As long as the Supreme Court protects a fundamental right to abortion, these incremental limits on access are where the battles will be fought. Will Lamb’s personal opposition, and his clear desire to seem like a Democratic dissident, lead him to support, as Kaine did, seemingly minor laws that nevertheless have devastating effects on women’s lives and serve as stepping stones to broader restrictions? Without a voting record, no one knows. So far, his commitment to being pro-choice has amounted to citing a “separation of church and state.” “To me, that means we defend the law as it is,” he said.
That’s not exactly a full-throated argument for women’s rights. A legislator whose support for abortion rights rests on a lukewarm invocation of stare decisis cannot be counted on to protect and advance reproductive health care. Not every member of Congress is going to be throwing out proactive reproductive-justice bills left and right. But to mount an effective defense of abortion rights, which Lamb claims to endorse, a good legislator will frame the issue in terms of rights, access, and moral imperative. “We defend the law as it is” is only as strong as the laws that exist. And Lamb will discover one funny thing about laws when he makes it to Congress: They change.
Still, for many Democrats, and even some pro-choice advocates, Lamb’s laissez-faire approach is better than the alternative. The former Obama speechwriter and popular podcaster Jon Favreau tweeted on Wednesday that Lamb is far more progressive than his critics on the left have made him out to be, suggesting Lamb campaigned “[f]or a woman’s right to choose”—a not entirely accurate characterization of the Lamb campaign. Even Planned Parenthood seems inclined to accept the trade-off. “What is dangerous, and where Planned Parenthood has drawn the line, is when politicians try to impose their beliefs on others and substitute their judgment for the judgment of women and their health care providers,” Kevin Griffis, vice president for communications at Planned Parenthood Action Fund, told Slate in a statement. Griffis said lawmakers like Lamb and Kaine “should be applauded for trusting women to make their own health care decisions.”
NARAL communications director Kaylie Hanson Long says her organization will try to educate and push Lamb on reproductive health issues as much as they do any other legislator. “We wish that every elected official and every politician were a true champion who is making this their number one issue,” she said. Though Lamb probably won’t become a standard-bearer for abortion rights—and, depending on how he votes, may not get a NARAL endorsement should he run again—Long says his promise to refrain from legislating his own moral code is a “promising sign.” “The decision to have an abortion is as personal as the decision not to,” she said. “Recognizing this—that’s a core part of being pro-choice.”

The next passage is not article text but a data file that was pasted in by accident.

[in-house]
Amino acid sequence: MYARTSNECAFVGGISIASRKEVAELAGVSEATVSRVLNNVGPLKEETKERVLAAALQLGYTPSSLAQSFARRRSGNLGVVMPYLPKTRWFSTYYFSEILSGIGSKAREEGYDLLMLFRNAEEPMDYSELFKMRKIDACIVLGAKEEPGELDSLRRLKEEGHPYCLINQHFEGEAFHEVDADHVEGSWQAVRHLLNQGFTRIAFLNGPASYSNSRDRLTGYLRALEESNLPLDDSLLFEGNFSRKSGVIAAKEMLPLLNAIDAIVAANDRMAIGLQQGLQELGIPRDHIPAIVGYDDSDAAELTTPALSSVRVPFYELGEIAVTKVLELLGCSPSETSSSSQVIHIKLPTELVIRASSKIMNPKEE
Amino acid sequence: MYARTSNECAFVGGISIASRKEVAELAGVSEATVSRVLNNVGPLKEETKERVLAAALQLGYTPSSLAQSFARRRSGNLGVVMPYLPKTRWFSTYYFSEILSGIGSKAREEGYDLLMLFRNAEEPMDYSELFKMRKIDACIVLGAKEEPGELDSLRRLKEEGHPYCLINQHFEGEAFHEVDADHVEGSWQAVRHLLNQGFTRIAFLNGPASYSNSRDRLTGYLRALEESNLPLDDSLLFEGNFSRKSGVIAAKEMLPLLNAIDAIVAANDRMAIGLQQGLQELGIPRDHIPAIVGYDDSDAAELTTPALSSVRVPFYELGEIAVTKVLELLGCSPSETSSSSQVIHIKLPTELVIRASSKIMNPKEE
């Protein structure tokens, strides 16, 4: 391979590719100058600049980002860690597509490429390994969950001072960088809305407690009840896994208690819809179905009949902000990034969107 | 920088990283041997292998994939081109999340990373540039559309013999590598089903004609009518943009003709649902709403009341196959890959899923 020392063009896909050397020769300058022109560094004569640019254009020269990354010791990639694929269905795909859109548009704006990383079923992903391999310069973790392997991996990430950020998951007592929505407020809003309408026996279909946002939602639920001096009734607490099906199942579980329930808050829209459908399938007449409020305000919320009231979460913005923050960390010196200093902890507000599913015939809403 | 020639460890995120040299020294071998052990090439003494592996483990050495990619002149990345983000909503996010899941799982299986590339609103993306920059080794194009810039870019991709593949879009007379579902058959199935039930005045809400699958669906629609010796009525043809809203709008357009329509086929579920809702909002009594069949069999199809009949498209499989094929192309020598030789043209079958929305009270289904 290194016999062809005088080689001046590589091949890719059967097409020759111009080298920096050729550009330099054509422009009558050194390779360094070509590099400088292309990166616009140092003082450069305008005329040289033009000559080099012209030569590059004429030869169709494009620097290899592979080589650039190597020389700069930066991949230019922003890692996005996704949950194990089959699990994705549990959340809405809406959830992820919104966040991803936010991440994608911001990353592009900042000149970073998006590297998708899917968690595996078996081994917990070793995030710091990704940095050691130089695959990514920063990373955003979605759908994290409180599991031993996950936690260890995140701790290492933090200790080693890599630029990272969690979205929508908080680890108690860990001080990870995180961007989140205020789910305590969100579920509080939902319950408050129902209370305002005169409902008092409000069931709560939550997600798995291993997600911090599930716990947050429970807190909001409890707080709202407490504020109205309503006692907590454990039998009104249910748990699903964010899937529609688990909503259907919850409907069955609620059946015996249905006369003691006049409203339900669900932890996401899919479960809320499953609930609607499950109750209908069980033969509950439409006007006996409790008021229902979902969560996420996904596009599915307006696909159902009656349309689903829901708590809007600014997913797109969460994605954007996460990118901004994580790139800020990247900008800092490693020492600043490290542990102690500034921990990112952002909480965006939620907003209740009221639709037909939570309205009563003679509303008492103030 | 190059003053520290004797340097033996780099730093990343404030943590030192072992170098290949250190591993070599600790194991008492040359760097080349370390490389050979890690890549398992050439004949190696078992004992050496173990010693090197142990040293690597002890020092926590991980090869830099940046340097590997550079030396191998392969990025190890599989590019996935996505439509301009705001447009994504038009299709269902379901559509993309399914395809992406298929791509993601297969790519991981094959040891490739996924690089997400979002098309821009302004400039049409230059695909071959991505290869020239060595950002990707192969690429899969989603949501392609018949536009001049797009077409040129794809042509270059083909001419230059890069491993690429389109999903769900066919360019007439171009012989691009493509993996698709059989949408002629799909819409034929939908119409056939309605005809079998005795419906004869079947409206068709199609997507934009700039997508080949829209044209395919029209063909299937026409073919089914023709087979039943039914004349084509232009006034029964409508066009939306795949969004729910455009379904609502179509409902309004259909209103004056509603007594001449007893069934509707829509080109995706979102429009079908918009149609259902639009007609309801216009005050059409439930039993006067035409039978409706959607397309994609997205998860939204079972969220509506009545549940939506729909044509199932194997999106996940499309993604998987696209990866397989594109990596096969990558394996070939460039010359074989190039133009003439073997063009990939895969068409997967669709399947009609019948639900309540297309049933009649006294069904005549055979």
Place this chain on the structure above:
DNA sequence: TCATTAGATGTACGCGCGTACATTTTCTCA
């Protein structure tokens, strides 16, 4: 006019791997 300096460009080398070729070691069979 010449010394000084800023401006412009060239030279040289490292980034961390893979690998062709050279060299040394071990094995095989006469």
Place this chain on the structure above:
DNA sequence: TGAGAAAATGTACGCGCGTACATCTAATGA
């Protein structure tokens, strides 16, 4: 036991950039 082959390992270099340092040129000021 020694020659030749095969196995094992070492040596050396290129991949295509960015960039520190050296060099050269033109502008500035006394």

There is a good argument to be made for a reasonable amount of ideological diversity in campaign strategies within the Democratic Party. Lamb presumably knows what will resonate with the people of his district better than an outsider. But he also wasn’t nominated by local Democratic voters in a primary—he was tapped at a state party convention, making him a strategy-minded outsider’s choice, a cosmetically safe pick. If the lesson Democrats take away from Lamb’s win is that candidates in reddish districts should promote the idea that fertilized eggs are people, they will have wasted whatever good comes of Lamb’s 10 months in office. Polling data around Democrat Doug Jones’ improbable Senate win in Alabama suggested that few people, even in a radically anti-choice state like Alabama, are single-issue abortion voters who believe the procedure should be illegal in all or most cases. Jones never compromised his firm pro-choice stance, even as opponent Roy Moore literally nicknamed him “Abortion Jones” and Donald Trump tweeted that his “pro-abortion” views should disqualify him from the office. Jones won anyway, despite the fact that a full 71 percent of Alabama Republicans said they didn’t believe the women who’d accused Moore of child molestation.
Democrats may never know whether a similarly vigorous defender of women’s rights could have captured Lamb’s Pennsylvania district. But there’s reason to doubt that his equivocation made the difference in his win. Opponents of abortion have already shown they care much more about policy than they do about a candidate’s personal morality (see: Trump, Donald). Pro-choice voters, on the other hand, would have gone for Lamb no matter what—perhaps they would have been more enthusiastic if he’d come out stronger on behalf of reproductive health care. People whose abortion beliefs lie somewhere in the middle are unlikely to be swayed by either position.
All Lamb has done with his middle-of-the-roadism is open himself up to more avenues for criticism at the expense of the Democratic Party’s credibility on the issue, to say nothing of the hearts-and-minds fight for women’s lives. Republican leaders are already downplaying the significance of the likely Democratic victory by calling Lamb “pro-life.” Though Lamb refused to claim such a label on the campaign trail, the muddled interpretation of his abortion politics seems to be exactly what this renegade was aiming for.
Correction, March 15, 2018: This post originally referenced Conor Lamb’s wife. He is not married. It also stated that Tim Kaine, as Virginia governor, supported an informed consent law that included a mandatory intravaginal ultrasound. The ultrasound provision was added to the law after Kaine left office.